AI & Ethics

Smart Dementia Wales

Dementia is a term that describes a collection of symptoms that result from damage to the brain. These symptoms can be caused by a number of conditions, the most common of these is Alzheimer’s disease, which is a progressive brain disorder that damages and eventually destroys brain cells. Common symptoms of dementia include memory loss, difficulty remembering routes, and becoming confused in unfamiliar places. Dementia affects over 850,000 people in the UK and the cost to the economy is £23bn per year.  As the UK population ages prevalence in the wider population is expected to increase. Growth is predicted at 40% over the next 12 years.

The ethics of using technology in tracking individuals who are potentially vulnerable and may have reduced mental capacity has been debated considerably. Many support the use of technology to allow safer-walking, others see it as an invasion of human rights.

“Surveillance may confer control” said one study and there are questions regarding who will decide when a person with symptoms is sufficiently impaired to “warrant such control”. In 2016 the debate continues, but there is recent evidence that utilisation of technology is justified as it is for the greater good of both patient, family, and carer.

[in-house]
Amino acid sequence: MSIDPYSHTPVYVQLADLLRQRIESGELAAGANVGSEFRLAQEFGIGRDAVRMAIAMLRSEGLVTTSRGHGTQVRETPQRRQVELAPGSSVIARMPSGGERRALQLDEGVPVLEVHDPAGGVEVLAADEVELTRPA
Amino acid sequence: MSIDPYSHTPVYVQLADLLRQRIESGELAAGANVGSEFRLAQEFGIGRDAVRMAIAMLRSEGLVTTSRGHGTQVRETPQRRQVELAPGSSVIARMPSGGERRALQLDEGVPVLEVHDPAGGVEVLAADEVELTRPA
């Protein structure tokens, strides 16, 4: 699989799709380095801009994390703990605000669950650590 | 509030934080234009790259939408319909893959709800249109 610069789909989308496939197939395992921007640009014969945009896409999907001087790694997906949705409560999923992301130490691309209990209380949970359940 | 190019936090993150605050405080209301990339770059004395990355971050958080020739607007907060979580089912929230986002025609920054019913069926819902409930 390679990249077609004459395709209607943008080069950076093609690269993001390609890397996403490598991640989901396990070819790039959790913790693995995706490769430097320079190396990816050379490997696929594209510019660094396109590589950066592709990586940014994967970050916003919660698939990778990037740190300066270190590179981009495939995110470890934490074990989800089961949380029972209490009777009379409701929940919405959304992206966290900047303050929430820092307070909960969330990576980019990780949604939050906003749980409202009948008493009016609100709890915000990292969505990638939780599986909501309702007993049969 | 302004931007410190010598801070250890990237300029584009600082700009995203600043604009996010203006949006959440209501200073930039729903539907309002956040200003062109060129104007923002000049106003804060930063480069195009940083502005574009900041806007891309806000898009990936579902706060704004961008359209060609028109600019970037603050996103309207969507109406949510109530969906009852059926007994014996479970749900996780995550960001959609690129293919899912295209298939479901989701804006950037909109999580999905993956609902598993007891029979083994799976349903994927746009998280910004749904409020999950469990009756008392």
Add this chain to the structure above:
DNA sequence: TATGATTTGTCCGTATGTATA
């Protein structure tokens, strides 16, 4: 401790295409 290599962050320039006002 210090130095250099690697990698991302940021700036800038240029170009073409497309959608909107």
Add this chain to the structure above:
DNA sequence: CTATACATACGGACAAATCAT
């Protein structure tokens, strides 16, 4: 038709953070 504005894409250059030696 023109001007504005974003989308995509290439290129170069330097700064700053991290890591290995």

This study aims to address the ethical dilemma by developing a novel technical solution to seek to privacy issues with an overriding objective of delaying institutional care for as long as possible.

Autonomous algorithms acting like an agent on smart-devices are constructed to make decisions without continuously sharing information. The reasoning will be carried out and documented locally on the mobile device using the context of activity to assess risks to the patient. The results are expected to be adaptable to many other areas of ubiquitous computing, e.g. smart cities and health informatics. Empirical data may be used alongside clinical consultation to aid early medical intervention and pro-active care.

When behaviour is deemed to be anomalous it is thought that the ethical argument changes, an appropriate message (including perhaps location to effect speedy assistance) will be transmitted to a designated recipient.

In conducting the project, the person-centric design of a technological solution engaging with service users will ensure ethical and legal issues are addressed throughout the design and development of the system. The multidisciplinary collaboration sought for this project gives a unique opportunity for synergies in gaining new knowledge.

This project is the subject of a PhD study carried out at the University of South Wales by Steve Williams and supported by KESS and SymlConnect Ltd.


Knowledge Economy Skills Scholarships (KESS 2) is a pan – Wales higher level skills initiative led by Bangor University on behalf of the HE sector in Wales. It is part funded by the Welsh Government’s European Social Fund (EESF) convergence programme for West Wales and the Valleys.